What is actually the main difference between the so-called crime families or the crime organizations, and what is called Israeli politics? And who actually learned from whom the rules of proper mafioso behavior - was it the so-called criminals, whose names are Shirazi, Domrani or Abutbul, who learned from the so-called politicians, whose names are Barak, Ben-Eliezer and Simhon? Or did the so-called politicians learn from the so-called criminals?
According to the rules that have always been followed in the crime families, one doesn't volunteer an iota of information about the internal rivalries between Family X and Family Y. On the contrary: Both of the families that plan to eliminate one another must present a unified facade in public. That's how it is in the underworld. You don't wash your dirty laundry in public.
Therefore, when early in the week, the police arrested one of the members of the Shirazi family (which is now in a coalition with the Domrani family and with Izzat Hamed of Jaffa, against Francois Abutbul ) and Channel 2 police correspondent Moshe Nussbaum asked him: "Did you try to assassinate Francois Abutbul?" the subject assumed an innocent expression and said with a good-natured smile: What are you talking about? I have nothing against Francois Abutbul. And Abutbul for his part said: What are you talking about? I have nothing against Shirazi! On the contrary, I love him.
On Sunday, the meeting between the outgoing ministers of the Labor gang and the incoming ministers of the new gang, Atzmaut, which just split from the Labor gang, took place using the same method, and was captured by the cameras on the same news broadcast. Shalom Simhon, the former minister of agriculture who is now minister of industry, trade and labor, in the place of outgoing minister Benjamin Ben-Eliezer, said: "Honorable minister: This may surprise many people, but I love you."
And with the same hypocritical gaiety, Ben-Eliezer told Ehud Barak - the head of the gang that is carrying out the "hit," the gang to which Minister Simhon switched, thus winning a promotion: "Don't worry, I'm leaving."
The main thing one sees here is that under the influence of films and television series such as "The Godfather," "The Sopranos" and the new series "Empire of Crime: A Century of the New York Mob," slowly but surely the gestures of respect and the aggressive and unconscionable modes of behavior of the criminal world have become an object of imitation and admiration in the so-called respectable world. And that includes the world of politicians.
Looking like mafiosi is what ensures that politicians become popular as quickly as possible. And it's working, at least in part, in the case of Ehud Barak, a person lacking any natural charisma, who is suddenly surrounded by the aura of a sly and aggressive hero for engaging in a political act that everyone agrees was contemptible: resigning from Labor. In one shot, he succeeded in entering the Mafia heroes' hall of fame, which celebrates people whose behavior is ostensibly negative and so lacking in scruples that it arouses secret admiration.
True, no innocent passersby are killed by the friction among the political mafiosi, as they are at times during the wars between the crime families. But the difference is only imaginary. Because the opposite is true: The number of those killed due to rivalries within the crime families can be counted by any child - as opposed to all those soldiers, as well as civilians, who fall victim to the amateurism of the gangs of politicians. Gangs capable of embarking on a hopeless war just to prove that they are men's men (as seen in the government of Ehud Barak and Amir Peretz, for example, in the case of the Second Lebanon War ), and to demonstrate that they are no less heroic than the rival gang of politicos. And then a new gang arises, and in order to prove that it is in control it embarks on a military operation that causes new victims to fall.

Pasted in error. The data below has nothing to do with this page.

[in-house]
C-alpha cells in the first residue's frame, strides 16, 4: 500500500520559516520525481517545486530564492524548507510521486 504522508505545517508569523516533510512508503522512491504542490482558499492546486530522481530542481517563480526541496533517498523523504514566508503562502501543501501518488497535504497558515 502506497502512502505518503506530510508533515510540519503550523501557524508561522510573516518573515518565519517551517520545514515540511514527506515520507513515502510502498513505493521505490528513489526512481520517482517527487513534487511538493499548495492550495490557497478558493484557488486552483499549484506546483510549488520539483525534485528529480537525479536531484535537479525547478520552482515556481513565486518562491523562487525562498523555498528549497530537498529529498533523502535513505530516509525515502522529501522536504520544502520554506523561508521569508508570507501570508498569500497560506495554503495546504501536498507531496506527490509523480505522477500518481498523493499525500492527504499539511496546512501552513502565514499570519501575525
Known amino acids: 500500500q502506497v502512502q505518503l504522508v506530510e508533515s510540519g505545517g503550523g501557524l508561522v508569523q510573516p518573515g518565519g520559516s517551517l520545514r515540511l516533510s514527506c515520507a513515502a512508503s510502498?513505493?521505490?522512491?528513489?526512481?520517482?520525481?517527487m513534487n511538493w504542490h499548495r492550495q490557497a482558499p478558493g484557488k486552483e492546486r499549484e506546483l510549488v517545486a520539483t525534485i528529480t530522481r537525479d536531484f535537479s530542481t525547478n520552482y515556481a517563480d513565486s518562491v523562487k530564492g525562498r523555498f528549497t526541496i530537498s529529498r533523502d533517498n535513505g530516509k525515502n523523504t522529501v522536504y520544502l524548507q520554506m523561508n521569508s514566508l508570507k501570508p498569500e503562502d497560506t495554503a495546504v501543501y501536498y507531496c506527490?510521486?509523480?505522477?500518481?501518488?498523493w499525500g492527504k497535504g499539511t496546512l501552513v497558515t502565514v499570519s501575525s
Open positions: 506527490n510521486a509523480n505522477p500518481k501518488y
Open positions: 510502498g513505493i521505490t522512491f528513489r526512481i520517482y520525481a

I'm convinced that any referendum conducted today will prove that the so-called crime families are seen by the public as being completely nice and decent people and, in any case, far less dangerous than the politicians. Moreover, some of them wear skullcaps and kiss the mezuzah at the entrance to the courtroom, and as a rule behave like people of honor.
What also contributes to the enhanced reputation of the crime families in the eyes of the public is the general disdain and disgust aroused by the police. There is almost nobody who isn't secretly happy when the police are caught with their pants down - or when the police don't prepare their evidentiary material properly and criminals are set free.
Paradoxically, the police invest increasingly greater efforts in improving their image in order to seem what they aren't - namely, effective. But to the credit, or the detriment, of the police, it should be said that they are incapable even of lying properly, and that they could stand a few extra lessons in that profession from the crime families or the politicians.
For example, Police Commissioner David Cohen declared openly on Tuesday, at the annual police conference in Ganei Tikva, that the crime organizations are "a cancer that is infiltrating society," and that the police intend to fight them. It's not nice to speak slanderously, Commissioner Cohen! And besides, a real man is somebody who doesn't show his cards, but smiles at the person he wants to eliminate and declares "I love you." And then a shot is heard, and the head of the gang who has been eliminated smiles with the last of his strength, and says (see the case of "Fuad" Ben-Eliezer ): "Don't worry, I'm leaving."
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